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Am J Hum Genet. 1996 Feb;58(2):308-16.

Molecular analysis of a series of alleles in humans with reduced activity at the triosephosphate isomerase locus.

Author information

1
Biology and Biotechnology Research Program, Lawrence Livermore National Laboratory, CA 94550, USA.

Abstract

Individuals with 50% of expected triosephosphate isomerase (TPI) enzyme activity have been previously identified in families during the screening of approximately 2,000 newborn children for quantitative variation in activity of 12 erythrocyte enzymes. The frequency of the trait was 9/1,713 individuals in the Caucasian population and 7/168 individuals among the African-American population studied. Genetic transmission of the trait was confirmed in all families. The frequency of the presumptive deficiency allele(s) at the TPI locus was greater than expected, given the reported incidence of clinical TPI deficiency. We report the molecular characterization of the variant alleles from seven African-American and three Caucasian individuals in this group of unrelated individuals. Three amino acid substitutions--a Gly-->Ala substitution at residue 72, a Val-->Met at residue 154, and a previously described Glu-->Asp substitution at residue 104--were identified in the Caucasian individuals. The substitutions occur at residues that are not directly involved in the active site but are highly conserved through evolutionary time, suggesting important roles for these residues in maintenance of subunit structure and conformation. The variant allele in the seven African-American individuals had nucleotide changes at positions -8 and -5 (5' of) from the transcription-initiation site. In three of these individuals, an additional T-->G substitution was detected in a TATA box-like sequence located 24 nucleotides 5' of the transcription-initiation site and on the same chromosome as the -5/-8 substitutions. Thus, molecular alterations at the TPI locus were detected in 10 unrelated individuals in whom segregation of a phenotype of reduced TPI activity previously had been identified.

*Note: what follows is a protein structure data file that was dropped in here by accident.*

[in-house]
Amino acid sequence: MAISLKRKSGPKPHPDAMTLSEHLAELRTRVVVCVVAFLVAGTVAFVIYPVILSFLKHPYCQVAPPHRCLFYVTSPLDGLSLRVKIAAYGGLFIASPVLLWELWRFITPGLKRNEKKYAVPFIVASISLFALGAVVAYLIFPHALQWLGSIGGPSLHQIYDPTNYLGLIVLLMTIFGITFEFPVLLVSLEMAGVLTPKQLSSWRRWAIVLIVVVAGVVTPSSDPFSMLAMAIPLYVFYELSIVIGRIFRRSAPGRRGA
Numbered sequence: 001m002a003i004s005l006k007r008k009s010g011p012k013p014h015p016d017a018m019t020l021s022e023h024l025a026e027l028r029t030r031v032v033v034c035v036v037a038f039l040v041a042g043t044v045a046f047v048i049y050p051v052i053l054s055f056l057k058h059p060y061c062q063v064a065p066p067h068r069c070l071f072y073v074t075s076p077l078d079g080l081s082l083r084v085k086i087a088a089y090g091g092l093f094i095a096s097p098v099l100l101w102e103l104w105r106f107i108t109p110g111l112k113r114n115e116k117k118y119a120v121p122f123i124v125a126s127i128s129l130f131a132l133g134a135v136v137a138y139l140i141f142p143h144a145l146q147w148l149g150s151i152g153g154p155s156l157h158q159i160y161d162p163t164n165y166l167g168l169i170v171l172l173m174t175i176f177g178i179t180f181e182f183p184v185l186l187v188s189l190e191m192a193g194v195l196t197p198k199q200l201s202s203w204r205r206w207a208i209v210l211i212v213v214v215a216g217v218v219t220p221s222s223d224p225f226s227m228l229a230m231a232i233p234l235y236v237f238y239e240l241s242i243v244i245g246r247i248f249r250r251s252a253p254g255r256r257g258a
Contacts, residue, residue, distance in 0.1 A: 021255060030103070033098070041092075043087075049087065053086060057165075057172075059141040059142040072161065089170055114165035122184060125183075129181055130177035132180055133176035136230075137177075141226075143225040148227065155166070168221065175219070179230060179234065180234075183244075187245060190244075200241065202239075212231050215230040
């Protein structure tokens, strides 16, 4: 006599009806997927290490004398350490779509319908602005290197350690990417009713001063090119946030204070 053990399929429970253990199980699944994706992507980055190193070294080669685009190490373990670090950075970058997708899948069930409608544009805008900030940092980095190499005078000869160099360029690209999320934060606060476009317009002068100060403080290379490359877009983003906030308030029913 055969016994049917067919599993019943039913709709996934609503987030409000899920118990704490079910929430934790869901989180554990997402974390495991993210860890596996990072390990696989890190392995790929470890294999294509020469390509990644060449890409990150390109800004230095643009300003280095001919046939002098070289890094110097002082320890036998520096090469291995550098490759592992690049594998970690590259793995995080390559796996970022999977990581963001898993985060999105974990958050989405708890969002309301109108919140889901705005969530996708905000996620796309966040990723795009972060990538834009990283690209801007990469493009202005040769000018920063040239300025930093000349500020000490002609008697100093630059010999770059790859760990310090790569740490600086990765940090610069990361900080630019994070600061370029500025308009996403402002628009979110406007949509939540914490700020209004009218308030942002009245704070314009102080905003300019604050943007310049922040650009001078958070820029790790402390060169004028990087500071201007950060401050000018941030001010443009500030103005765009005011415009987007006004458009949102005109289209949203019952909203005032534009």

PMID:
8571957
PMCID:
PMC1914533
[Indexed for MEDLINE]
Free PMC Article

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